There is a pressing need to prioritise career satisfaction of the younger generation of South African healthcare professionals in order to deliver current and future care needs.
This is one of the findings from Philips South Africa’s Future Health Index (FHI) 2020 South Africa report: The age of opportunity: Empowering the next generation to transform healthcare, which provides perspectives into how prepared the next generation of healthcare professionals are to manage tomorrow’s healthcare.
Now in its fifth year, the Future Health Index 2020 report is the first large-scale survey of its kind based on responses from almost 3 000 younger healthcare professionals across 15 countries, which reveals critical insights from this new generation that that will comprise most of the healthcare workforce over the next 20 years.
The Future Health Index South Africa 2020 report identifies three critical findings:
It is vital to create the ideal healthcare working environment to retain healthcare professionals
Across the globe, younger healthcare professionals juggle immense responsibility with long working hours, leading to stress and potential burnout – but the report places South Africans are at the forefront. 82% reported regularly experiencing work-related stress, among the highest across all 15-countries surveyed, while 43% considered leaving the profession as a result of work-related stress; 9% higher than the 15-country average.
The shortage of healthcare professionals in South Africa is likely a large factor contributing to the high levels of work-related stress felt by younger healthcare professionals. There is a danger that stress, combined with inflexible working cultures and a lack of empowerment, could prompt an early exodus from the profession.
“It is vital for healthcare leaders to prioritise the working conditions of the younger generation of South African healthcare professionals in order to protect the future integrity of the healthcare system,” says Dr Nokukhanya Khanyile, medical doctor and vice-president of Mental Matters.
“This means taking care of all their talents’ needs including creating spaces to allow for a better work-life balance, improved working hours, access to mental health care services including debriefing on site and autonomy in the hospital or practice where they are working.”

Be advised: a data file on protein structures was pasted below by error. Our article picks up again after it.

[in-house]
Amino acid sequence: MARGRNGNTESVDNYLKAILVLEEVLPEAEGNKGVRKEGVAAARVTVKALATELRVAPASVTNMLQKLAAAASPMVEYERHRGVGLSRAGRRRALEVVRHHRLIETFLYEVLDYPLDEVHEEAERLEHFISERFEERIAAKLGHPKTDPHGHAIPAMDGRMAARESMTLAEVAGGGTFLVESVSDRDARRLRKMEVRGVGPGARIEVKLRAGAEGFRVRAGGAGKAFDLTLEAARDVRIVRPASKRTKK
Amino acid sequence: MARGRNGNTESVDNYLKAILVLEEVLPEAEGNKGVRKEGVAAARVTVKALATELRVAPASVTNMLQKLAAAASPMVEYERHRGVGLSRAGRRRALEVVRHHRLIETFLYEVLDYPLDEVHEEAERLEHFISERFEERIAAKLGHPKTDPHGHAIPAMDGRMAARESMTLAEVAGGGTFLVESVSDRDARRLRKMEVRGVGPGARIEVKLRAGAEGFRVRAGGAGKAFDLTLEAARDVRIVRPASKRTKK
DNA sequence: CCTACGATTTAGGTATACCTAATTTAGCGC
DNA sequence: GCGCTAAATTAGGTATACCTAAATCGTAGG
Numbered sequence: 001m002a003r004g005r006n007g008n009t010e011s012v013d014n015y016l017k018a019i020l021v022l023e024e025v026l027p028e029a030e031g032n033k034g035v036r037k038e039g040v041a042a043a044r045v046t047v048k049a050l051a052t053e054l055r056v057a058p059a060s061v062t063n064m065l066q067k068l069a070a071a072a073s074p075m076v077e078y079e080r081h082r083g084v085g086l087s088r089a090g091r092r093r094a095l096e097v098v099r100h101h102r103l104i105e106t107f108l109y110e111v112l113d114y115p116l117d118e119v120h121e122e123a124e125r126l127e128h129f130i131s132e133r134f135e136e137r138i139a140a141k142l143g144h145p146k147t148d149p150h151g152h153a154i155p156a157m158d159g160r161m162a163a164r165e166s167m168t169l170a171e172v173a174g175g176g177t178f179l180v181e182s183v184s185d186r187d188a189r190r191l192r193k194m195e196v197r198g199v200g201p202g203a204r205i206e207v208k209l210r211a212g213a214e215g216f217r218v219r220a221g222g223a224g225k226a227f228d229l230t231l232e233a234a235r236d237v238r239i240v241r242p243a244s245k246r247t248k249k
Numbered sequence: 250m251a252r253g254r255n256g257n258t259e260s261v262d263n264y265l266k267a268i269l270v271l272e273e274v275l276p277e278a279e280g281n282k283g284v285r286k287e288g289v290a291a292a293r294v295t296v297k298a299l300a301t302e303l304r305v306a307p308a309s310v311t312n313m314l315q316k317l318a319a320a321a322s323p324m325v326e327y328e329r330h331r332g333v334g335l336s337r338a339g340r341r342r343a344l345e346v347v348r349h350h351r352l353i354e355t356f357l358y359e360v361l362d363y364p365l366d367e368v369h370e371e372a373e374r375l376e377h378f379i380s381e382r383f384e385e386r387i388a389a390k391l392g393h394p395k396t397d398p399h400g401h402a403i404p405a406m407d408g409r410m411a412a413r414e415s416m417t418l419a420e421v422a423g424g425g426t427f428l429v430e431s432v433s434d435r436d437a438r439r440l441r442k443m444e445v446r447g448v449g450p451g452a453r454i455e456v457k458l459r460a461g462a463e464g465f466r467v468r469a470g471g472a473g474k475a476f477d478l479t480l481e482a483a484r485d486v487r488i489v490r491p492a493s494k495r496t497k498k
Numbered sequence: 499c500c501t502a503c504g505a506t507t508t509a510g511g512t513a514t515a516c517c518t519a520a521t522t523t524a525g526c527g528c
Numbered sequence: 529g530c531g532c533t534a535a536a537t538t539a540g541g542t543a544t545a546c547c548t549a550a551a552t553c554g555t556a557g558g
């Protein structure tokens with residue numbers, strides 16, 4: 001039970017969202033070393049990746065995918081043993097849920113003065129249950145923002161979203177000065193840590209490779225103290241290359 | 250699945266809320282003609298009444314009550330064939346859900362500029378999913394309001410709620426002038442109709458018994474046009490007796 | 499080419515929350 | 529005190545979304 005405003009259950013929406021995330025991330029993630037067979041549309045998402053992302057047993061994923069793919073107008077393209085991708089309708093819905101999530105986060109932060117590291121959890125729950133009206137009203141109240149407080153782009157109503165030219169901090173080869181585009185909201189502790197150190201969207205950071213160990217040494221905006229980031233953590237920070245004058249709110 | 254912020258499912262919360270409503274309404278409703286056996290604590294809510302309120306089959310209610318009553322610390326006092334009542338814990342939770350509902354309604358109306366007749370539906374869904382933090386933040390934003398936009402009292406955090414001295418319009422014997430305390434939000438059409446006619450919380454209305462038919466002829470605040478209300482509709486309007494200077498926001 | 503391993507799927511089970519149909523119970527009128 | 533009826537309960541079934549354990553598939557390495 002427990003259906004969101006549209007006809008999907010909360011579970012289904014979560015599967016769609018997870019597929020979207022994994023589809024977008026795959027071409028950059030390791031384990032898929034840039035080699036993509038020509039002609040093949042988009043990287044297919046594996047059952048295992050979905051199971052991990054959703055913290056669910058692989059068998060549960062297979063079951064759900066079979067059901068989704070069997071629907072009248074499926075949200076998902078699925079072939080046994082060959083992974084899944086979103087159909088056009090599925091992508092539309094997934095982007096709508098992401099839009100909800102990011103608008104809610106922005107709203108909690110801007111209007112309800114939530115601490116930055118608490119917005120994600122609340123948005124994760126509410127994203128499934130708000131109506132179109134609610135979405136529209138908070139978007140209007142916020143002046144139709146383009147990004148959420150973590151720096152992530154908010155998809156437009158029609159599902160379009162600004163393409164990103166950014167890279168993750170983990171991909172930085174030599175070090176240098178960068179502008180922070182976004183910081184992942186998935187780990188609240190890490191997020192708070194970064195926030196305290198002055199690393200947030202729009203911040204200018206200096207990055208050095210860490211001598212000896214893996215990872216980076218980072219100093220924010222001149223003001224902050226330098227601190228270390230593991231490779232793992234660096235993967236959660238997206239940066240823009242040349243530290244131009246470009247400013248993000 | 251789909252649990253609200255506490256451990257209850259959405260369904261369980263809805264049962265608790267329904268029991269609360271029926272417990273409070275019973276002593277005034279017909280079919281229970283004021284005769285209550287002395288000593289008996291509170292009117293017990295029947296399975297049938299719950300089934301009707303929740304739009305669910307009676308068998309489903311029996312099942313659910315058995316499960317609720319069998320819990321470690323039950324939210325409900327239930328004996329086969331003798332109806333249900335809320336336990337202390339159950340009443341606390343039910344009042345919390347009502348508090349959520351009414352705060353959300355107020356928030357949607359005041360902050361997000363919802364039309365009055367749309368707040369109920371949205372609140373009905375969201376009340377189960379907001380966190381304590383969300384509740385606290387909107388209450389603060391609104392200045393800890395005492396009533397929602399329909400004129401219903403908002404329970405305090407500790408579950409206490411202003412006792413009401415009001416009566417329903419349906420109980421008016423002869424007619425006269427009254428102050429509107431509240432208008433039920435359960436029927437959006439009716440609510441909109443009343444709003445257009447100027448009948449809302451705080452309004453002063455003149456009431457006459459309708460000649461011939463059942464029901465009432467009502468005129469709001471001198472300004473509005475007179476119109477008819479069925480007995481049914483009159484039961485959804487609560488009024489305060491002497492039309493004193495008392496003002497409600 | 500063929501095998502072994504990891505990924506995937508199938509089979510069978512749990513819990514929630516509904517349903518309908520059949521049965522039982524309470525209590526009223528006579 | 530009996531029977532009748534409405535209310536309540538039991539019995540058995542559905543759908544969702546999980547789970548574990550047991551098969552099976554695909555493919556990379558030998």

South African healthcare professionals rate technology as highly as work-life balance
Unlike their peers in some of the other countries surveyed, younger South African healthcare professionals rate the latest technology as highly as work-life balance when deciding where to work, possibly due to its potential to decrease their workloads and work-related stress.
Therefore, improved technology may be one way to retain their talent and expertise, as most younger healthcare professionals in South Africa are excited about the future of their profession due to technology. 57% of those surveyed believe that being at the forefront of artificial intelligence (AI) in healthcare is important when choosing a hospital or practice in which to work.
This can be directly linked to AI’s perceived potential impact; 79% believe that AI will allow them to provide patients with more accurate diagnoses, and 77% believe that it can provide them with the tools to keep patients healthy – both above the global averages of 71%.
Alongside advancements in AI, younger healthcare professionals in South Africa rate digital health technologies as an important tool to achieve better patient outcomes (83%), improved patients’ experiences (77%), and believe it will create more time to spend with patients (60%). This on the backdrop of younger South African healthcare professionals reporting that they have insufficient data to influence outcomes and feel that the data they have available does not lead to actionable insights – a reality exceeding experiences of those in many of the other countries surveyed.